How can we track the impact we are having?

When working with a student who is demonstrating SEMH needs, it can be a challenge to show the level of impact an intervention is having. Whilst pastoral staff working with students are not mental health specialists, there may be times when they are called upon to work with students who have not met the threshold required for CAMHS support. For these purposes it can be necessary to track any improvements that are made or whether a student needs an alternative approach. In terms of an “intervention“, this could be one of a number of things:

Organisational Planning

Helping a student plan their lives better can go some way to reducing anxieties surrounding disorganisation. Practicing organisation and setting reminders can really help reduce the fear and stress of leaving everything to the last minute.

Thought Diaries

Asking students to keep a record of their thoughts is a useful techniques where a student has persistent worries. The student will be able to reflect on previous worries and how the subject of the worry resolved itself. It also provides a good launch point for a conversation challenging the worries (using techniques that can be found in the Wellbeing Toolkit) and identifying cognitive distortions.

Environment Issues 

Some students find school a very anxious environment. Tall, fast moving students passing very close in corridors can be the subject of continual worry for a student with a predisposition for worrying. Allowing students to have an early lunch pass can really help to reduce this. If a student is having friendship issues these can also contribute to poor emotional wellbeing. Helping a student work through this can be very beneficial to rebuilding confidence and reducing worry.

Self Help Resources

Keeping a bank of self help resources can go some way to help support a student with anxiety, depression or low self esteem. Photocopiable worksheet books can be worked through in groups or one on one with a student in order to allow them to find alternative responses to challenging scenarios and emotional triggers. Examples of such books can be found here.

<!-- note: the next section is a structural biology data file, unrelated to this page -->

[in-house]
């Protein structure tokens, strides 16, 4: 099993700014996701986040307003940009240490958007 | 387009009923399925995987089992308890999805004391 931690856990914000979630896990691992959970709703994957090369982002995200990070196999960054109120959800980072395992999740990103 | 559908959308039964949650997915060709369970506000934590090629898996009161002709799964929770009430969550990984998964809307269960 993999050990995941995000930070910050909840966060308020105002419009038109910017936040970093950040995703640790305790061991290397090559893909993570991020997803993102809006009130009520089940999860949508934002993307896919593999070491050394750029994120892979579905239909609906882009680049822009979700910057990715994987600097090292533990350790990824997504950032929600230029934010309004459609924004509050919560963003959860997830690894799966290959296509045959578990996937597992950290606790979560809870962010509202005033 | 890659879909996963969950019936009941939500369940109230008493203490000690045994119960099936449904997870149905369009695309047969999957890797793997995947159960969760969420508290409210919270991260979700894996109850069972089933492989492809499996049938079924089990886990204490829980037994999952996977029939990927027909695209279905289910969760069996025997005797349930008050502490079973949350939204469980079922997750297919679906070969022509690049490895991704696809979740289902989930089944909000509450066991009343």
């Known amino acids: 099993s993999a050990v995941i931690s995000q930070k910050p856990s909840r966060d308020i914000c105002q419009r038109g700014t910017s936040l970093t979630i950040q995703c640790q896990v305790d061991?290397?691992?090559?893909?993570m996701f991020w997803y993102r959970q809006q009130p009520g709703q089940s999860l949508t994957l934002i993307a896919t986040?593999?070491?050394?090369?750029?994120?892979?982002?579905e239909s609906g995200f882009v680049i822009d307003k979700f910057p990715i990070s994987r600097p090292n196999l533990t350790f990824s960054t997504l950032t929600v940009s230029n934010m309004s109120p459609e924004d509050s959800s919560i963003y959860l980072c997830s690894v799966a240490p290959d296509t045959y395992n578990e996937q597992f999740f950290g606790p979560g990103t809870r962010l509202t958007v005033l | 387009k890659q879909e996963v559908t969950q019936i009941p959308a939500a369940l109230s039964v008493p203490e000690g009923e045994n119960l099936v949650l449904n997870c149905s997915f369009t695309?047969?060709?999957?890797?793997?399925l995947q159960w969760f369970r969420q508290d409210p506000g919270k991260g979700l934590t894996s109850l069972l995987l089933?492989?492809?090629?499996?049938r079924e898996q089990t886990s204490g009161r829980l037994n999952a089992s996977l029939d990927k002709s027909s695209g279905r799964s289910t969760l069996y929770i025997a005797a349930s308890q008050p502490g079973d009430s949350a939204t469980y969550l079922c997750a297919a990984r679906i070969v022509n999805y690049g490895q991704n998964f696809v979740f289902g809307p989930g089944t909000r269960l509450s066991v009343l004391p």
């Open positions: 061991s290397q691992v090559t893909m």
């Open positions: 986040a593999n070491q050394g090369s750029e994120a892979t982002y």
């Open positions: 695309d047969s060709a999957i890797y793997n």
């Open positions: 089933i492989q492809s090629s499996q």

Tracking an intervention

There are a number of ways an intervention can be tracked. A baseline method of assessing a students needs could be the use of an SDQ (Strength and Difficulties Questionnaire). The website provides an excellent background to the use of this questionnaire for working with students with SEMH needs. The SDQ provides the ability to also assess after a period of time to see if any of the 5 key strands have improved to some extent. The SDQ also provides an opportunity to look at specific areas in a student’s day to day well-being to begin planning for better social, emotional and mental health.

To speed the process up an electronic version can be found here: SDQ Records. This automatically charts the results of the answers. Using the graph you can easily see whether a child’s answers place them within the normal range for 5 key strands (Emotional, Conduct, Hyperactivity, Peer and Prosocial Behaviour).

Another tracking method that could be used includes emotional scales. Caution needs to be taken, however, as you need to consider whether the data you collect sits within your organisations data protection policy and how it is stored/protected.

SEMH staff should also consider using case studies and self assessment with students to show the impact of an intervention. Behaviour stats and attendance data can also be very useful in showing how an intervention has affected a students overall wellbeing.

Wherever possible we must remember – mental health professionals are always best placed to support students in need. In school counsellors, therapists and specialist assessors are always the more preferable staff to deal with SEMH issues but, as we know, these are not always immediately available. It is in these instances that we may feel the need to listen, to understand and offer advice in the role of a good human and not a mental health professional.